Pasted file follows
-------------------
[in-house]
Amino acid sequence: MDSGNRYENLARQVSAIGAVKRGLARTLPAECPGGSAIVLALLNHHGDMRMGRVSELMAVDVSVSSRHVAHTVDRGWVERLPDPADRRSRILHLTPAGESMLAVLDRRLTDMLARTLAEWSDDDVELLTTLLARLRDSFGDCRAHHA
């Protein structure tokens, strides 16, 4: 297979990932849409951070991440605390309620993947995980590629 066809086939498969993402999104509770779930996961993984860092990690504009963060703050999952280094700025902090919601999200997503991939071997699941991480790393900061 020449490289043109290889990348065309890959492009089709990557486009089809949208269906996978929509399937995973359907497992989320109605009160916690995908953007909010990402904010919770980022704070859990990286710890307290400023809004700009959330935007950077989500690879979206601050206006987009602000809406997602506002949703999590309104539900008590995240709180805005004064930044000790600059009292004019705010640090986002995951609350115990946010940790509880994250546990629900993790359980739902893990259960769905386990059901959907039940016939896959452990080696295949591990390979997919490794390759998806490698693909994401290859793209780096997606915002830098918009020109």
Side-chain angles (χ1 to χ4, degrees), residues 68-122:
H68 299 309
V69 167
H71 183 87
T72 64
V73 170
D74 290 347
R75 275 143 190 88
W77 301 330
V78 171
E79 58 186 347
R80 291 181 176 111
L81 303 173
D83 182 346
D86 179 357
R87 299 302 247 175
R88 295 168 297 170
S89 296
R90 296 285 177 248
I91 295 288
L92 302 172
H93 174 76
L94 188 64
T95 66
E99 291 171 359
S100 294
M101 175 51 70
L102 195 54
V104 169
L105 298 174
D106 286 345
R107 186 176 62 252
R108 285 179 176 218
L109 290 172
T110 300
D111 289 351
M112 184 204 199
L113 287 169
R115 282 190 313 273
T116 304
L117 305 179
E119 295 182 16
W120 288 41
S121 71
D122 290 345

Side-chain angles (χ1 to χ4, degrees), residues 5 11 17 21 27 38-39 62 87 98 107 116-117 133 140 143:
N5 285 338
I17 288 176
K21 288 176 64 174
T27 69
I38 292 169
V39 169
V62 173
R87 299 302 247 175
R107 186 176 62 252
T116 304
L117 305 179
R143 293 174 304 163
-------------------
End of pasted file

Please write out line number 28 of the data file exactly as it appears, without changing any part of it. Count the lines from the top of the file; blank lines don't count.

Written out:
E99 291 171 359